COVID-19 has spurred organizations to undergo widespread and rapid digital transformation. About one-third of the 500 small and medium-sized Canadian businesses surveyed by KPMG have accelerated their adoption of technology since the start of the pandemic.

With this rapid pace of digital transformation — and with more people working from home — there has also been an increase in the number of cyberattacks. And those attacks are becoming much more sophisticated. Audit committees need to ensure that management is prepared for future disruption to their business and have plans in place to tackle the increased risk of cyberattacks that digital transformation brings.

Energy and natural resource (ENR) companies are accelerating their move to cloud, enterprise resource planning systems and enterprise performance management solutions. “We’re seeing more focus on planning, budgeting and forecasting tools, and more robotics and process automation,” says Narmin Vasanji, Partner, Management Consulting, with KPMG in Canada.

Cost pressures in the oil and gas sector and collectability issues in the power and utilities sector mean organizations need to digitize their basic processes, says Vasanji. And there are still manual repetitive processes in finance that can easily be automated to cut spend. “Some of the biggest changes that COVID-19 accelerated in these industries were at first very basic, such as being able to work with digital records and manage processes remotely. The second area centred around being able to better forecast information,” she says.

The challenge of forecasting in the face of uncertainty surrounding the pandemic has accelerated innovations in intelligent forecasting. Multiple sources of data are being brought together and machine learning is being used to look at past trends and correlations to forecast variables such as cash flows and product demand. From a board perspective, this provides better visibility into their options for ensuring long-term financial stability.

Capital is king

“A big differentiator of Energy from other industries is the degree to which capital is king. Organizations need to be able to understand how they’re managing their capital spend and using it to drive innovation,” says Vasanji. And the current complex regulatory and political climate around the environment, sustainability and renewable energy present an additional challenge to decisions around how to manage capital and where to spend it.

Because capital is so important in the energy sector, the board will need to ask more questions about significant digital transformation programs such as what benefits can be quantified, the return on investment and the payback period expected from investing in technology such as cloud. They need to ask how the projects are tracking, and on large or longer-term projects they may want management to report on health checks or independent quality assurance reviews.

“From a board perspective, it’s about asking management the right questions around whether the company is using disruption and technology as a strategic advantage, whether the firm is going far enough, and how it’s doing compared to the competition. It’s about looking at the business model and asking if there’s anything else the company needs to do to take more market share or push the boundaries,” says Vasanji.

Benefits of digital transformation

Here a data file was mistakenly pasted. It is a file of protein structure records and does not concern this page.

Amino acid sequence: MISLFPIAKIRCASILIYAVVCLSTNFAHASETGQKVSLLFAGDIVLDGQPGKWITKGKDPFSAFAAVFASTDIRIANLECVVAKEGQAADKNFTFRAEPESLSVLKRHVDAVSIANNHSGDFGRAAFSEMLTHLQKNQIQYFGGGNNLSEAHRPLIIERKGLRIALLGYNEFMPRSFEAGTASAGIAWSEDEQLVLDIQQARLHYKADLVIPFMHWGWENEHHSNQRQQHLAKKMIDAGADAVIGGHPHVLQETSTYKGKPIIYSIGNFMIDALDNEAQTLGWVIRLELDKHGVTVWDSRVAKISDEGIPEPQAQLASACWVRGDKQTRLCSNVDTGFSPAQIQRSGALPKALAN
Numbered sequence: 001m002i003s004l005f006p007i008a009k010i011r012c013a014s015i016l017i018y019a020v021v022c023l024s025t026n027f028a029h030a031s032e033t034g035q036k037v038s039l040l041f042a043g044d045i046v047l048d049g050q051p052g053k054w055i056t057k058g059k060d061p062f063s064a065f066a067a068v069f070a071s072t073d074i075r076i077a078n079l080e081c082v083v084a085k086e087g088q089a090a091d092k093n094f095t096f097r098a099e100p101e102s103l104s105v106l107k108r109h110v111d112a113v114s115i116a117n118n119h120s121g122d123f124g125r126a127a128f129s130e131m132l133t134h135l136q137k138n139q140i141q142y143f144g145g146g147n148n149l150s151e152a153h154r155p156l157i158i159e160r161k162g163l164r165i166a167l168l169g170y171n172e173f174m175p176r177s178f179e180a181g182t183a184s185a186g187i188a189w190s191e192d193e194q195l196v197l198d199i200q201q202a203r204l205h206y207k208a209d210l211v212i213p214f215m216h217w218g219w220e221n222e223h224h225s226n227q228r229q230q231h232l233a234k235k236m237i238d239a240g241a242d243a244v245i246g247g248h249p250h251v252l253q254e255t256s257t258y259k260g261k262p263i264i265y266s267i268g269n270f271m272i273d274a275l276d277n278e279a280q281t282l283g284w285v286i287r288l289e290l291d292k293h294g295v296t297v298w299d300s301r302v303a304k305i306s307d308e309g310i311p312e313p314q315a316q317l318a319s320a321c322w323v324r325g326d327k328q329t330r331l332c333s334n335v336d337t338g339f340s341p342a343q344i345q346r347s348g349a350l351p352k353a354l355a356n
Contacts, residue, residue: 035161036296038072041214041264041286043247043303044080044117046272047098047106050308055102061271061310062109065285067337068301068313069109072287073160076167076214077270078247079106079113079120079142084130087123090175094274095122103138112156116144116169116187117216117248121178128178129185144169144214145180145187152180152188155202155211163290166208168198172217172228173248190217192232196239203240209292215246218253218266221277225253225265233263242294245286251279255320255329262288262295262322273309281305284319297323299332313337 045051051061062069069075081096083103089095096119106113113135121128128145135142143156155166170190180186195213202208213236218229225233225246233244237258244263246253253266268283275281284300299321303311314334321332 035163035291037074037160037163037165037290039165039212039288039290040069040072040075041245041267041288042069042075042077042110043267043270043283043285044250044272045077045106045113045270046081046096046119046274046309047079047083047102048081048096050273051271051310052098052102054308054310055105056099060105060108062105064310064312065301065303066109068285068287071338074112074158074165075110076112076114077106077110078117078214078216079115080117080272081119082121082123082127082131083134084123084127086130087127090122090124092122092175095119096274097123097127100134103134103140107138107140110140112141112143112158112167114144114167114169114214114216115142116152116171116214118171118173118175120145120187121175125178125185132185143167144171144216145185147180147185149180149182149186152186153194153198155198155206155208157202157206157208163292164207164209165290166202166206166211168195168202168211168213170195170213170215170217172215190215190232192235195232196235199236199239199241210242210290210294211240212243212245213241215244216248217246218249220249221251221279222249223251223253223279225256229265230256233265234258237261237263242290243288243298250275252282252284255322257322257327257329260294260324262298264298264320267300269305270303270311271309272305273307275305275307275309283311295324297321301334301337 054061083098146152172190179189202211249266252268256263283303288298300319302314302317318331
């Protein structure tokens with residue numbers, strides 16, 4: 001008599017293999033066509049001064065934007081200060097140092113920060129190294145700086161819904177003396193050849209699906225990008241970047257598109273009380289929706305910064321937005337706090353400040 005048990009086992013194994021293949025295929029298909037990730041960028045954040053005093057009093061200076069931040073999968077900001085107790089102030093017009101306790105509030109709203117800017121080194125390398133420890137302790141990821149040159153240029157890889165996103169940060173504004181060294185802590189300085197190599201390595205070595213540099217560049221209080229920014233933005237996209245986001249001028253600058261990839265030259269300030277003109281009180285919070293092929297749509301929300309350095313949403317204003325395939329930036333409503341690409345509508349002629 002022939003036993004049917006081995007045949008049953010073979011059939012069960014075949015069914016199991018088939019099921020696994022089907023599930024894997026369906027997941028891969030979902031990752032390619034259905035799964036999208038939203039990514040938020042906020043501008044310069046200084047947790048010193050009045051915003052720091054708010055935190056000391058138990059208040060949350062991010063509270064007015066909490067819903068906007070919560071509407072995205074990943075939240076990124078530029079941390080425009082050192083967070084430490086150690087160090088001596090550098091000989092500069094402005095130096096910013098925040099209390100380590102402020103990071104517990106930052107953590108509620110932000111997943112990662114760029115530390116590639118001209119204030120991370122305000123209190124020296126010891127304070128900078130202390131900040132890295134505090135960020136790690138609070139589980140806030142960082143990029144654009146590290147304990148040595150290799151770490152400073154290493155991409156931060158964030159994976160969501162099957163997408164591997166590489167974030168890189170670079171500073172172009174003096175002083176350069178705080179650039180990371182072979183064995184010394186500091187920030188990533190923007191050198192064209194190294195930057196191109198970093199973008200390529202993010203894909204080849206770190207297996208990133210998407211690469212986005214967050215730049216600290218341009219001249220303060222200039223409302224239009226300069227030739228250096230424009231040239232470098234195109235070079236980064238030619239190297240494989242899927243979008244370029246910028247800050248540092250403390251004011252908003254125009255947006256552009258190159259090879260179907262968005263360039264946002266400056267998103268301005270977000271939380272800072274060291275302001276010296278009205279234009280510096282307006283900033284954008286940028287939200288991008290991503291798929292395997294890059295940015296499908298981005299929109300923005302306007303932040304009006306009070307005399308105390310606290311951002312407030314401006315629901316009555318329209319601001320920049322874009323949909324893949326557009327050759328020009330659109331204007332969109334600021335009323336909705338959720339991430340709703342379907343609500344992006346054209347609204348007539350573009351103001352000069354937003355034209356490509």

One of the benefits of deploying new technology is that organizations can have better clarity on data source of truth. This allows companies to cleanse their data and put in place governance processes to manage the data, define primary system of record, and ensure more rigour and process around data creation. This cleaner data helps boards get a clearer, more trustworthy picture of the performance of the company and aids them in governance and decision making — which benefits both boards and audit committees.

A second benefit is more automated and preventative controls. Companies often rely on reports to tell them, after the fact, if something went wrong. But if they use the right technology to set up processes that catch issues at the front-end, they can prevent issues such as unauthorized transactions before they happen. For example, they can put into place a process where a purchase order cannot be processed without adequate approval. This type of system is also easier to audit because firms can test that the system is working rather than having to manually check each transaction.

Audit committees should be thinking about how new technologies will change the control environment and the risks this brings. Similarly, with the introduction of robotic process automation, they will need to understand how management is adapting their internal controls. They also need to ask about risks related to cloud and whether the firm will be more susceptible to cyber risk.

“With the recent rapid deployment of technology for work from home and digital transformation, not all the technologymay have been properly tested from a control standpoint,” says Julie Pépin, Partner, Internal Audit, Risk & Compliance Services, with KPMG in Canada.

Pépin points out that the human capital effect also needs to be considered. “We have a lot of dependency on IT personnel, but they’re busy supporting employees working from home so they may have less time to perform those IT controls that are necessary for financial reporting. Audit committees should ask management how this is being taken into account in their control environment,” she says.

Cyberattacks and operational technology

Cyberattacks were on the rise even before COVID-19, but there has been a dramatic increase with the move to remote work. “Companies in the ENR sector tend to have a lot of operational technology, and a lot of their infrastructure is run from a central operations centre. Often it’s the case that this technology hasn’t followed the same rigorous security protocols as information technology,” says Jeff Thomas, Partner, Advisory Services, with KPMG in Canada.